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Editorial: The opposition’s role in Parliament

Editorial: The opposition’s role in Parliament

Nepali Congress (NC) is demanding an investigation against Deputy Prime Minister and Minister for Home Affairs Rabi Lamichhane for his alleged involvement in the misappropriation of cooperative funds. For the same reason, the main opposition party is pushing to form a probe panel, a move opposed by Prime Minister Pushpa Kamal Dahal and CPN-UML Chairman KP Sharma Oli. Certainly, there are valid questions regarding Lamichhane’s involvement in the misuse of cooperative funds.

 However, the way the NC is acting after the formation of the new coalition is unusual. The party has just come out of a government that failed to deliver on service delivery and economic fronts. Home Minister Lamichhane has taken some positive steps, including implementing the report submitted by the committee formed to investigate gold smuggling. Similarly, he has pledged to minimize political influence in the Nepal Police and Armed Police Force. He should be allowed to work freely without pressure from parties. If he fails to fulfill his pledges, questions should be raised, but for some period, it would not be justifiable to obstruct him.

In a parliamentary system, the opposition party should allow the government to work for at least 100 days without obstructions. Obviously, the opposition party should work to hold the government accountable and raise people's concerns and plights, but that should be done constructively. Past experiences show that opposition parties often resort to obstructing Parliament to press the government to fulfill their demands. However, Parliament cannot engage in its key task of the law-making process if it is obstructed for a long time. As a grand old party and the largest in Parliament, the NC should not resort to obstructing Parliament. Instead, it should find innovative ways to raise its voices within Parliament.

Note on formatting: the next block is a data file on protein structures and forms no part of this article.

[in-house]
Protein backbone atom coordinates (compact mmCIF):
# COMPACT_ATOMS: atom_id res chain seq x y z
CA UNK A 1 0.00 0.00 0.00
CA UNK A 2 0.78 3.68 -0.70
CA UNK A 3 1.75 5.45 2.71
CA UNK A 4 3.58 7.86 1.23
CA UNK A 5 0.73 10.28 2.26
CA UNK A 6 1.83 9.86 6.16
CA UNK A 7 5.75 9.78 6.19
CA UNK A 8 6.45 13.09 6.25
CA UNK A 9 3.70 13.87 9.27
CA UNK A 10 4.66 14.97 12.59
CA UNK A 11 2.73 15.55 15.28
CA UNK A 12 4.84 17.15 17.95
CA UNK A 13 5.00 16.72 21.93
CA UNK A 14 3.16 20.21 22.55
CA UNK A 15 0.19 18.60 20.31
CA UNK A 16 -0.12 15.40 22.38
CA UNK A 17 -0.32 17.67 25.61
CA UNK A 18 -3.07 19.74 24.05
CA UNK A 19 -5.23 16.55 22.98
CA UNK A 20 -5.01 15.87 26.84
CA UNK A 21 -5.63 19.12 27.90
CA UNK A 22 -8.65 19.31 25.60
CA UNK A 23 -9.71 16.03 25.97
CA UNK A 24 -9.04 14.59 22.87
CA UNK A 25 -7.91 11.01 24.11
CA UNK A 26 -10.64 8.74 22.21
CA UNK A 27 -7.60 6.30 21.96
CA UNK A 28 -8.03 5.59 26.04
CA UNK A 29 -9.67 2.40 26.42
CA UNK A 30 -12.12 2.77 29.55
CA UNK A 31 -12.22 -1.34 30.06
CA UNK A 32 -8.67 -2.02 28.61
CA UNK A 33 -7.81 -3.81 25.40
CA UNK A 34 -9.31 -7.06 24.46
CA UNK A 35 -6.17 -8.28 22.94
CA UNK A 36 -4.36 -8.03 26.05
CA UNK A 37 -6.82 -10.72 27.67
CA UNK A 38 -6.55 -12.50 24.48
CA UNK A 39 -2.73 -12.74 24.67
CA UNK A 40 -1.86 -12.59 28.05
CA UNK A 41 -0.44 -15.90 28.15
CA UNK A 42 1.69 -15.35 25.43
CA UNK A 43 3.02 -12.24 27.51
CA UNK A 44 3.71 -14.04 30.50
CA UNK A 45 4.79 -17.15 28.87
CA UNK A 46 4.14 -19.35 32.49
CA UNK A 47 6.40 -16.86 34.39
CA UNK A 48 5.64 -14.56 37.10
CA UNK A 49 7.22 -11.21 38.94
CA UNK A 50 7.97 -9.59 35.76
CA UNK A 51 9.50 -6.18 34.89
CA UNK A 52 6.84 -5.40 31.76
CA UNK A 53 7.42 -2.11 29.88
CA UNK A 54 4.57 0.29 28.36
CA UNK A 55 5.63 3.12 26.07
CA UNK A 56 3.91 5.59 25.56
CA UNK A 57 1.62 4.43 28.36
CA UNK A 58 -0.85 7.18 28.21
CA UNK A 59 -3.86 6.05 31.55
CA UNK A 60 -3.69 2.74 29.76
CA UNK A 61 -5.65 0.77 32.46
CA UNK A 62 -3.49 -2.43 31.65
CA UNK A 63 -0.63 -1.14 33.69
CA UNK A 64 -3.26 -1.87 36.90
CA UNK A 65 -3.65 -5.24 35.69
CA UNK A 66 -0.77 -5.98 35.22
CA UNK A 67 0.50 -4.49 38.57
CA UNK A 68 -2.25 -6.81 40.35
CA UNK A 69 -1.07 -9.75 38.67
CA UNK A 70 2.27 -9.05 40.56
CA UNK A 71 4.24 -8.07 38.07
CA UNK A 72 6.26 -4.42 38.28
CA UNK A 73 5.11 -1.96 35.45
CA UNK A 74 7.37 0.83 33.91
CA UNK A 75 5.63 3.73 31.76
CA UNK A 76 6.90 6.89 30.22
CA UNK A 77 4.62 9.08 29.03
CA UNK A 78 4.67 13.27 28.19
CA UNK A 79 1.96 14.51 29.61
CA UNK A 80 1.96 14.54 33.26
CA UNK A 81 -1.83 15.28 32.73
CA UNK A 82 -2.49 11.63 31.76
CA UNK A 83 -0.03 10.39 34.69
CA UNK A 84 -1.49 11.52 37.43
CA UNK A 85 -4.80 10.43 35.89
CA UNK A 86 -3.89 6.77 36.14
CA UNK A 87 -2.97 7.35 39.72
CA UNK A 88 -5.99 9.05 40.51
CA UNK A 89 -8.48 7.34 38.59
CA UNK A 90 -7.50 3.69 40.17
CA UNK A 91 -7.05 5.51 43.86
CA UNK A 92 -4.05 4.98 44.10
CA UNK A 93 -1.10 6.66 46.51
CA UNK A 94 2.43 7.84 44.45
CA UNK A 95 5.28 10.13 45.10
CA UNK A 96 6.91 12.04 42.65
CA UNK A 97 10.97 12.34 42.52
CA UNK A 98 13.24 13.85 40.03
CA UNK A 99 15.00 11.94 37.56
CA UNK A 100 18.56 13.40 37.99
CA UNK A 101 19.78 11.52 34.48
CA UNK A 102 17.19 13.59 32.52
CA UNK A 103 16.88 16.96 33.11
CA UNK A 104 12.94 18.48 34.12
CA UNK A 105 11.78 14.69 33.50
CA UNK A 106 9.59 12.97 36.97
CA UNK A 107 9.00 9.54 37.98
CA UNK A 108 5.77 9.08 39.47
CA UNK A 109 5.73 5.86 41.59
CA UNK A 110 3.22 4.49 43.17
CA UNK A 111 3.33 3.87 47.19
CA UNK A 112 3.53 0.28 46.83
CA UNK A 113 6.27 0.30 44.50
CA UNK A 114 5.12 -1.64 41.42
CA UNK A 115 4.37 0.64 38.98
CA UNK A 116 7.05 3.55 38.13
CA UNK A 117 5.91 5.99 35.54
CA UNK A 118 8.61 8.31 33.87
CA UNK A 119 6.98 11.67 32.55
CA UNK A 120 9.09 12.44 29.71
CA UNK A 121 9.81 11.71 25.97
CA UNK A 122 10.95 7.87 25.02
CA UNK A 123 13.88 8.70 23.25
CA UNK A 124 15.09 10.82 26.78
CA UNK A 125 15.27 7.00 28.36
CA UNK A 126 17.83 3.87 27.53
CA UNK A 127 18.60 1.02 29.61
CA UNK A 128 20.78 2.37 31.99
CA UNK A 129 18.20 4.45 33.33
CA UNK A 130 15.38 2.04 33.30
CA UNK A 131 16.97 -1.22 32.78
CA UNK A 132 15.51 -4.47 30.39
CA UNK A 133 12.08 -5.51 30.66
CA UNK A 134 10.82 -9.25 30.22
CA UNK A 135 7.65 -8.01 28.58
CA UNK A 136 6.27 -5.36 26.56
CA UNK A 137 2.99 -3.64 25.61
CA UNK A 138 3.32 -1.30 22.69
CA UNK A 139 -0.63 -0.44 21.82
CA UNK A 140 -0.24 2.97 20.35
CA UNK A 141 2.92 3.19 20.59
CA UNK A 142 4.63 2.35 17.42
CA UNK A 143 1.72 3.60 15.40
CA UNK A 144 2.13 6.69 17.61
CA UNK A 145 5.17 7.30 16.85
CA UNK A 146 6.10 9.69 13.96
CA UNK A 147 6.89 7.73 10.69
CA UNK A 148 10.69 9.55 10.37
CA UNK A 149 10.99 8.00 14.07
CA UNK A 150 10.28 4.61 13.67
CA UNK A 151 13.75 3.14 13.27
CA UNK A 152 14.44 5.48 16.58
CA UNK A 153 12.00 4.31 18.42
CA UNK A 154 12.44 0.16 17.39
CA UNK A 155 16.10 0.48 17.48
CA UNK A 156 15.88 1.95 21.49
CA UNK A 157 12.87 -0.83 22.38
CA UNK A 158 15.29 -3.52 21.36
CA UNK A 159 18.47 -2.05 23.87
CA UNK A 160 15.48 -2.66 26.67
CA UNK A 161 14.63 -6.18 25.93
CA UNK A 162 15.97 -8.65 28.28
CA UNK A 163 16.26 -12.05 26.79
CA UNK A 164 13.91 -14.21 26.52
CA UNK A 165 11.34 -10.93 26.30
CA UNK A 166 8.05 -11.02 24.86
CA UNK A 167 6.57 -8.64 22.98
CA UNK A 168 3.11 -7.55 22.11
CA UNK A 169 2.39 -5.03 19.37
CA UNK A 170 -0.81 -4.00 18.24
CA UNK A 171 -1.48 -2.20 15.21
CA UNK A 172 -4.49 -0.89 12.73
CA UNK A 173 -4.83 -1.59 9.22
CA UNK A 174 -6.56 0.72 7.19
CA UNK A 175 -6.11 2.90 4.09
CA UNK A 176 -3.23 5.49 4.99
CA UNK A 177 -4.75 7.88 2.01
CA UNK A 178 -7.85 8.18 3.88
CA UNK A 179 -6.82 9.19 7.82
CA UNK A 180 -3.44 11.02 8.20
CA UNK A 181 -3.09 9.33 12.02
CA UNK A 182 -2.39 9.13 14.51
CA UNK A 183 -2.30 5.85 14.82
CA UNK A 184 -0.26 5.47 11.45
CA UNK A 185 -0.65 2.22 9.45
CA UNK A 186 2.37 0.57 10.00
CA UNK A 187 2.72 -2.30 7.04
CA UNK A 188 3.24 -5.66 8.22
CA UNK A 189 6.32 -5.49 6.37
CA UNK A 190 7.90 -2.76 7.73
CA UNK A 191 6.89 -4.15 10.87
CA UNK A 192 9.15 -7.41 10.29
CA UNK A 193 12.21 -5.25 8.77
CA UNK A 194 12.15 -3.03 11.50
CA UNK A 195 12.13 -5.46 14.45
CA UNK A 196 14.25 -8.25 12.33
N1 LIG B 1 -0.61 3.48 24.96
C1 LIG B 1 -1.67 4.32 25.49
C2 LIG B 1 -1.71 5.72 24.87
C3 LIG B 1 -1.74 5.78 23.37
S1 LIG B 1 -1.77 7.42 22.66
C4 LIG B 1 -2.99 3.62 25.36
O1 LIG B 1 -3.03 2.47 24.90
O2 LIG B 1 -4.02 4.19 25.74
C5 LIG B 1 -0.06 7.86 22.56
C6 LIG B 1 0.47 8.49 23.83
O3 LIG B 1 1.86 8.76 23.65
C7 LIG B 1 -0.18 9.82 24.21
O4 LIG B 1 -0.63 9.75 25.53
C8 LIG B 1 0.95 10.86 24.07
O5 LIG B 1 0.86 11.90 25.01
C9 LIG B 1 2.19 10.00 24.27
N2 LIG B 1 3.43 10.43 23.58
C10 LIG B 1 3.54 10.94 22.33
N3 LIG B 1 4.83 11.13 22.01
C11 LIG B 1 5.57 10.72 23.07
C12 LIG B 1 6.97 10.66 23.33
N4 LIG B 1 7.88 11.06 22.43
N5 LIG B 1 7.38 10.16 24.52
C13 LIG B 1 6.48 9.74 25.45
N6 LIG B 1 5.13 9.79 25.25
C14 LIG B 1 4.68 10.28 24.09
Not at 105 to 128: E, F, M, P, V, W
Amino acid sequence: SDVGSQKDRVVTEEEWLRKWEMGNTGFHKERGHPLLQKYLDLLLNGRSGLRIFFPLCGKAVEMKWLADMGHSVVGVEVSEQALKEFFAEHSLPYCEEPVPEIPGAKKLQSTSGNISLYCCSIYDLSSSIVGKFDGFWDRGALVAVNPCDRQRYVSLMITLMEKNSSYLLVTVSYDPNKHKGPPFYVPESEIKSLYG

The performance of parliament has been dismal over the past few years due to intra-party disputes. There is a long list of crucial bills in the Parliament Secretariat that have long awaited parliamentary endorsement. Some of them are very important and related to the party's international image and prestige, on which all parties should come together. The new coalition has come up with new commitments and visions, so the NC and other opposition parties should wait some time to see how the new government addresses the problems the country is facing today. The NC should think seriously about its role as an opposition party.